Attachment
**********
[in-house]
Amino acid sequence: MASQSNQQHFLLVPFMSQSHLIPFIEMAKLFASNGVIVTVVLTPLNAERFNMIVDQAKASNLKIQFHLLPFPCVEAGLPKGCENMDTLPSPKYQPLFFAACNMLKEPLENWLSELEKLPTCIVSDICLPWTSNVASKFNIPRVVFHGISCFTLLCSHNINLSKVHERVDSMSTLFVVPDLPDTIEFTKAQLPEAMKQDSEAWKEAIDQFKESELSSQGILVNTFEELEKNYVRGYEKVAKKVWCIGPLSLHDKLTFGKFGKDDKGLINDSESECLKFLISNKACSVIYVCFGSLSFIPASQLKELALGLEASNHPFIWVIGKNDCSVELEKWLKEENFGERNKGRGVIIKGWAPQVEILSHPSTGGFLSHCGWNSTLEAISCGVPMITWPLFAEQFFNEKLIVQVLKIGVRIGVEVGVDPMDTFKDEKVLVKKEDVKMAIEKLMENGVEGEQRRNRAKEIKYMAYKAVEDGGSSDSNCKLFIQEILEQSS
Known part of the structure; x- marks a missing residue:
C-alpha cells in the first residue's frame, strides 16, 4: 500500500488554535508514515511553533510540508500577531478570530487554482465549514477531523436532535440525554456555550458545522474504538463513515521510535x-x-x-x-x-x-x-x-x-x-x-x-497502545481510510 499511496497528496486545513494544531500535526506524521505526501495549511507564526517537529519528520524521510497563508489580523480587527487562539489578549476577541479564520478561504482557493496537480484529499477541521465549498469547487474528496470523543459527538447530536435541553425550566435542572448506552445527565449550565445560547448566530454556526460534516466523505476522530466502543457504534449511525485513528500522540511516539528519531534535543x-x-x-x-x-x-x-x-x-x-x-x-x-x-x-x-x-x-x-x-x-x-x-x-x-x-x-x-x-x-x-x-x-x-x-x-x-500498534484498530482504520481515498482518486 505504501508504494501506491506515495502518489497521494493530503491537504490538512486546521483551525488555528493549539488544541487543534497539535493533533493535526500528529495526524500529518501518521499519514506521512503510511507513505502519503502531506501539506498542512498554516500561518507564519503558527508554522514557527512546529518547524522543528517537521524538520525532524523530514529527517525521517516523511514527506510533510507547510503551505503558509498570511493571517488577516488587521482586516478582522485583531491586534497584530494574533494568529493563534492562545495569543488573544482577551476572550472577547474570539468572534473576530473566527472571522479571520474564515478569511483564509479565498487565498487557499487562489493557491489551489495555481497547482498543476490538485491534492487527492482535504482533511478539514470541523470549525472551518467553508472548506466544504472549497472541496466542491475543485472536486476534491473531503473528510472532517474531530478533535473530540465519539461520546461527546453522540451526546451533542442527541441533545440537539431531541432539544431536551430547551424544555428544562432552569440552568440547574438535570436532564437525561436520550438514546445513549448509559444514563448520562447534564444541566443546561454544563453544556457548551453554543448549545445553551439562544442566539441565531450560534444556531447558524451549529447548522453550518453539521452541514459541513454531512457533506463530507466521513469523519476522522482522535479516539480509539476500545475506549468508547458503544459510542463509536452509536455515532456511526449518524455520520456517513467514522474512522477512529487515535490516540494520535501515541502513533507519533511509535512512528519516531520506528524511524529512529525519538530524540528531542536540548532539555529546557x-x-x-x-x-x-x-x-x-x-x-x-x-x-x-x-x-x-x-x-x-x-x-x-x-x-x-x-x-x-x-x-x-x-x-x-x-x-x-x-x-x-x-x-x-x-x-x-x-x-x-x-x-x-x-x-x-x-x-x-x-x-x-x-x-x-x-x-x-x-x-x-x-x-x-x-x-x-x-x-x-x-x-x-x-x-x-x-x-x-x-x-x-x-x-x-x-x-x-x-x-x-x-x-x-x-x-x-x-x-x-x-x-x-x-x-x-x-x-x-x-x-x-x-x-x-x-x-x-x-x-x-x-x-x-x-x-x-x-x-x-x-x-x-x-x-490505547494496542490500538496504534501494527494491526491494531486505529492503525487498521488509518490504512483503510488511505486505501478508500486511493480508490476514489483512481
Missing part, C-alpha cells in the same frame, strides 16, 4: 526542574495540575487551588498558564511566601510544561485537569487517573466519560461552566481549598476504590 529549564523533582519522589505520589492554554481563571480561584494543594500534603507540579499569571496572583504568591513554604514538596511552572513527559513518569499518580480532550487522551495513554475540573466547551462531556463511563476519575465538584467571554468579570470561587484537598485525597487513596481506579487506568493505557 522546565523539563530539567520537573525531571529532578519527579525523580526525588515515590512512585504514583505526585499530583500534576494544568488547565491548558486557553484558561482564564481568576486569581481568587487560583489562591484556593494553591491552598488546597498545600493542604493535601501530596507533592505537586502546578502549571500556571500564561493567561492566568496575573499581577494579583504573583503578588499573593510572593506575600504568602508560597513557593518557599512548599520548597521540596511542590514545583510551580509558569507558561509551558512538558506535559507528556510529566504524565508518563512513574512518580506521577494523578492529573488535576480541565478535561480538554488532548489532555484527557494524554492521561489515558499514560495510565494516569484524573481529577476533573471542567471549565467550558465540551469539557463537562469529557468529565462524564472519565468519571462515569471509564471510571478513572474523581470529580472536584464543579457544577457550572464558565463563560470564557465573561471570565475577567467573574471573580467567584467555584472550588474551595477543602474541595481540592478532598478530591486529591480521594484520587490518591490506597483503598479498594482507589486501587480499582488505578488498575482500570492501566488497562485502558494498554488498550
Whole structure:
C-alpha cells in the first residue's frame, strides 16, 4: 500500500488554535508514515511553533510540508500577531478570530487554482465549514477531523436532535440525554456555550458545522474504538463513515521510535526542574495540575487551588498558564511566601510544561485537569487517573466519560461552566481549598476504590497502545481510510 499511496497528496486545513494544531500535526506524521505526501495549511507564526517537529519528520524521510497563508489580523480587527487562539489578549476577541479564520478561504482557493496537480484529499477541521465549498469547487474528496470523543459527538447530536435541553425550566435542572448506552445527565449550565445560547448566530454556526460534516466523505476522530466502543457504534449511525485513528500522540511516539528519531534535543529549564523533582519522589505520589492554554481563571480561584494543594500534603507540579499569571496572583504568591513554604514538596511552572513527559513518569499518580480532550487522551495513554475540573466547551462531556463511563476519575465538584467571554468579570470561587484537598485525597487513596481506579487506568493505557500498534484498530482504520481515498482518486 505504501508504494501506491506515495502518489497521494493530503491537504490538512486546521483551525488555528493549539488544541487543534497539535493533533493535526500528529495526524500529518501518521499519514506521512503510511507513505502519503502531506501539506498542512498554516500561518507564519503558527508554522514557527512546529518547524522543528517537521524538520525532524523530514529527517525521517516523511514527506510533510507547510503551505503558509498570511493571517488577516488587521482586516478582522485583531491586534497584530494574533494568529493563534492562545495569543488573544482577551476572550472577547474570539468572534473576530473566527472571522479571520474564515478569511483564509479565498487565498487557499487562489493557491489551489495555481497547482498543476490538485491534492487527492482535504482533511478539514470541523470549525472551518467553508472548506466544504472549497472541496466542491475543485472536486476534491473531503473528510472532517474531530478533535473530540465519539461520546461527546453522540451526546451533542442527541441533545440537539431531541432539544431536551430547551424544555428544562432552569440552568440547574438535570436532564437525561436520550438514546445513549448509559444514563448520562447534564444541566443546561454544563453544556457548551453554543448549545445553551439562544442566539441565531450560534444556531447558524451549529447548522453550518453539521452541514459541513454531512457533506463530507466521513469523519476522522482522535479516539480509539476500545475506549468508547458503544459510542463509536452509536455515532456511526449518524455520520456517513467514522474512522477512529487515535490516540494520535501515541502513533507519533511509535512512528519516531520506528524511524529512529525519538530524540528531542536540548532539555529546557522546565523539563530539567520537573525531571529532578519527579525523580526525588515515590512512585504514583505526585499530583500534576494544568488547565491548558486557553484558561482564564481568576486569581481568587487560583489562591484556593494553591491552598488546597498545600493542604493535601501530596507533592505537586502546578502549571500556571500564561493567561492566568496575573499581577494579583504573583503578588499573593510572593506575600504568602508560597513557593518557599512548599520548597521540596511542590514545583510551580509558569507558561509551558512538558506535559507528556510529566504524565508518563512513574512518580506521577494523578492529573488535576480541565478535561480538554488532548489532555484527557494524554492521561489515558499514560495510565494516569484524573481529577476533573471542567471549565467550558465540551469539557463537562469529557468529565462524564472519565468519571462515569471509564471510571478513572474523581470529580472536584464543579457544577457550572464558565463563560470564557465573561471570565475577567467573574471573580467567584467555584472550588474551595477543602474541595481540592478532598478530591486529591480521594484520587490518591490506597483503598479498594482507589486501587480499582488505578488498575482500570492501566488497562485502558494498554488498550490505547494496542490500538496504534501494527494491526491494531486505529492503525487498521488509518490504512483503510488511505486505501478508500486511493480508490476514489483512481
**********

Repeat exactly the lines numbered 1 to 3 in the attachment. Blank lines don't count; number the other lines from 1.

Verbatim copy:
[in-house]
Amino acid sequence: MASQSNQQHFLLVPFMSQSHLIPFIEMAKLFASNGVIVTVVLTPLNAERFNMIVDQAKASNLKIQFHLLPFPCVEAGLPKGCENMDTLPSPKYQPLFFAACNMLKEPLENWLSELEKLPTCIVSDICLPWTSNVASKFNIPRVVFHGISCFTLLCSHNINLSKVHERVDSMSTLFVVPDLPDTIEFTKAQLPEAMKQDSEAWKEAIDQFKESELSSQGILVNTFEELEKNYVRGYEKVAKKVWCIGPLSLHDKLTFGKFGKDDKGLINDSESECLKFLISNKACSVIYVCFGSLSFIPASQLKELALGLEASNHPFIWVIGKNDCSVELEKWLKEENFGERNKGRGVIIKGWAPQVEILSHPSTGGFLSHCGWNSTLEAISCGVPMITWPLFAEQFFNEKLIVQVLKIGVRIGVEVGVDPMDTFKDEKVLVKKEDVKMAIEKLMENGVEGEQRRNRAKEIKYMAYKAVEDGGSSDSNCKLFIQEILEQSS
Known part of the structure; x- marks a missing residue: